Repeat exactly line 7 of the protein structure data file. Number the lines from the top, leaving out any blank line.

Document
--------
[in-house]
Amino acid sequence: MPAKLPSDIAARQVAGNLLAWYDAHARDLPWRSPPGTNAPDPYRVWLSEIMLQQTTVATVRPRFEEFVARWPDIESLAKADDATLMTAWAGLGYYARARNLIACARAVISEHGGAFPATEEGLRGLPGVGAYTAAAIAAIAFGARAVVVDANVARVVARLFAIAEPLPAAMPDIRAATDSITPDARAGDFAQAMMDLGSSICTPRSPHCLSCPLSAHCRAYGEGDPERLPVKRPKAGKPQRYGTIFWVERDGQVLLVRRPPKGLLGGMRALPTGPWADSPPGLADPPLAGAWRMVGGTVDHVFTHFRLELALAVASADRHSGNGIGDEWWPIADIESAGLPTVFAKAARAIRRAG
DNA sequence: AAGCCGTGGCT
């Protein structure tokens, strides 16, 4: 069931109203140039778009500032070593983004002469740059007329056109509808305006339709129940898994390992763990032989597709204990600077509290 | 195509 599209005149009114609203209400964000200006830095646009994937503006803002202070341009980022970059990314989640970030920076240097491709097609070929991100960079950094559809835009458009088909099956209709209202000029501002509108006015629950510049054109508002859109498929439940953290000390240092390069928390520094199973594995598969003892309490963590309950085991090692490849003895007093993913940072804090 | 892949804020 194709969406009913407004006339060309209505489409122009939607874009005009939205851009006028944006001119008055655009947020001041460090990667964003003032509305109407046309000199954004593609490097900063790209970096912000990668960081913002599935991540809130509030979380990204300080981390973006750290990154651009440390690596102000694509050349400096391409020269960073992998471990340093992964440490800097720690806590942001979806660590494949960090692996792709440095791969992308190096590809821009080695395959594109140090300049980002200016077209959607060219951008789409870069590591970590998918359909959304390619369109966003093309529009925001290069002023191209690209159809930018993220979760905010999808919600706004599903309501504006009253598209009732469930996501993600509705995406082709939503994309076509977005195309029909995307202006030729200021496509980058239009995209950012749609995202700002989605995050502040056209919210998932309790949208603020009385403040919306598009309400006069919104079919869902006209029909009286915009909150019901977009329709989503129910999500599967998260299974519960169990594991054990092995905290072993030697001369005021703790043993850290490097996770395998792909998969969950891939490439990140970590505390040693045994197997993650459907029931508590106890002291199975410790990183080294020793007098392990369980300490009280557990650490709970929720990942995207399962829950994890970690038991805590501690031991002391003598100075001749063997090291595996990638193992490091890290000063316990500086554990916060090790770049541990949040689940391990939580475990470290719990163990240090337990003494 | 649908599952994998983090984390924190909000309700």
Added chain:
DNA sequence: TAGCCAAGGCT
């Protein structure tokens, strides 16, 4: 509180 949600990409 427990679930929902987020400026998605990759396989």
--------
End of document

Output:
């Protein structure tokens, strides 16, 4: 509180 949600990409 427990679930929902987020400026998605990759396989």